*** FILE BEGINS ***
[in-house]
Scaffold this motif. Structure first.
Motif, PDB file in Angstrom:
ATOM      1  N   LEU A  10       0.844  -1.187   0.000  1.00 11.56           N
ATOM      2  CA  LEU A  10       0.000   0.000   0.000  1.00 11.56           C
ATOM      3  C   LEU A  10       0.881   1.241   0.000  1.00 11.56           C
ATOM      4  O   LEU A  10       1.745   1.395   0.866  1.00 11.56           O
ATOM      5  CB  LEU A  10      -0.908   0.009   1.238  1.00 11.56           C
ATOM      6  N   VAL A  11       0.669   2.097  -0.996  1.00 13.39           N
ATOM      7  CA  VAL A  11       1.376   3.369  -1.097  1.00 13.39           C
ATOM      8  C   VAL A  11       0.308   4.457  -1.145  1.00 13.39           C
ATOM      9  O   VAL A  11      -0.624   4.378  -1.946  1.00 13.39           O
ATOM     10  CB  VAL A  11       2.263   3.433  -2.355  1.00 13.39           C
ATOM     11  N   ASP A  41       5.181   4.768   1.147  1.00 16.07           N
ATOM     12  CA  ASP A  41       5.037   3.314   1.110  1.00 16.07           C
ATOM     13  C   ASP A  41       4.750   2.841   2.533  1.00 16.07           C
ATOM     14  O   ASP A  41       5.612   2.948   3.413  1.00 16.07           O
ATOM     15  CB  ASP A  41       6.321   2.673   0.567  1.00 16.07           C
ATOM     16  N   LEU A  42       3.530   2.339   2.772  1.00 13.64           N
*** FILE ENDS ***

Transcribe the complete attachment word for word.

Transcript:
[in-house]
Scaffold this motif. Structure first.
Motif, PDB file in Angstrom:
ATOM      1  N   LEU A  10       0.844  -1.187   0.000  1.00 11.56           N
ATOM      2  CA  LEU A  10       0.000   0.000   0.000  1.00 11.56           C
ATOM      3  C   LEU A  10       0.881   1.241   0.000  1.00 11.56           C
ATOM      4  O   LEU A  10       1.745   1.395   0.866  1.00 11.56           O
ATOM      5  CB  LEU A  10      -0.908   0.009   1.238  1.00 11.56           C
ATOM      6  N   VAL A  11       0.669   2.097  -0.996  1.00 13.39           N
ATOM      7  CA  VAL A  11       1.376   3.369  -1.097  1.00 13.39           C
ATOM      8  C   VAL A  11       0.308   4.457  -1.145  1.00 13.39           C
ATOM      9  O   VAL A  11      -0.624   4.378  -1.946  1.00 13.39           O
ATOM     10  CB  VAL A  11       2.263   3.433  -2.355  1.00 13.39           C
ATOM     11  N   ASP A  41       5.181   4.768   1.147  1.00 16.07           N
ATOM     12  CA  ASP A  41       5.037   3.314   1.110  1.00 16.07           C
ATOM     13  C   ASP A  41       4.750   2.841   2.533  1.00 16.07           C
ATOM     14  O   ASP A  41       5.612   2.948   3.413  1.00 16.07           O
ATOM     15  CB  ASP A  41       6.321   2.673   0.567  1.00 16.07           C
ATOM     16  N   LEU A  42       3.530   2.339   2.772  1.00 13.64           N